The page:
Q. Granted that the team has lost two in a row, but do you view what's been happening as an overall decline in performance, or has it been just a couple of instances where your team just hasn't made the necessary plays to win the game?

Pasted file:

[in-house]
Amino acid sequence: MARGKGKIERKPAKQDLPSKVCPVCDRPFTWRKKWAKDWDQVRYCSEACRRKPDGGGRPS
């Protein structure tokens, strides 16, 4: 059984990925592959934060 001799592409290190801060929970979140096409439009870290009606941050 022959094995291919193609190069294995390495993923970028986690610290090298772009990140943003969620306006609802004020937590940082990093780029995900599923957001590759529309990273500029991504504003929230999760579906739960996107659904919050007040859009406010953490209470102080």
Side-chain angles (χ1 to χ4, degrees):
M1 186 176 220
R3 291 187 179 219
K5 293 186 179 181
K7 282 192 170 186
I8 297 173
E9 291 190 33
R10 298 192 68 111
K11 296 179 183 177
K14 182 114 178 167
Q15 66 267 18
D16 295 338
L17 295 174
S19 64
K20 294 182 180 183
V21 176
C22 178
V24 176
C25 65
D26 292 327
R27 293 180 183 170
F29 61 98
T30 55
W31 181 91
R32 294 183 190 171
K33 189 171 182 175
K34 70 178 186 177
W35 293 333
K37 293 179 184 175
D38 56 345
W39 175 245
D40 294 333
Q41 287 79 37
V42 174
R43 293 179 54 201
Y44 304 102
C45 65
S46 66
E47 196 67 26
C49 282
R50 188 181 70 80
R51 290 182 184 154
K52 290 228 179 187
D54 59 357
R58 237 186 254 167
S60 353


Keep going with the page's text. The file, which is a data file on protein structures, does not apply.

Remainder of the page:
A. It depends upon what type of comfort you're seeking. It doesn't matter to me. The bottom line is we didn't win the games. I always choose the accountability approach – the things that we didn't do – as opposed to the things that happened. I'm not one who believes that things happen to us in stadiums. We dictate what happens to us in stadiums, positively or negatively. I focus on the things we weren't able to do and the things we didn't do well, and appropriately so, because addressing it from that perspective ensures that we make the necessary adjustments to minimize the possibilities of those things moving forward. That's just a prudent business approach. I think sometimes when you talk about things just happening, that means an unwillingness to alter your approach or to change when necessary, and then you leave yourself susceptible to things repeating themselves. I'm always open to making the necessary adjustments, open to acknowledging that we are falling short in some way, whether it's real or not, because that puts you in position to stay ahead of the curve.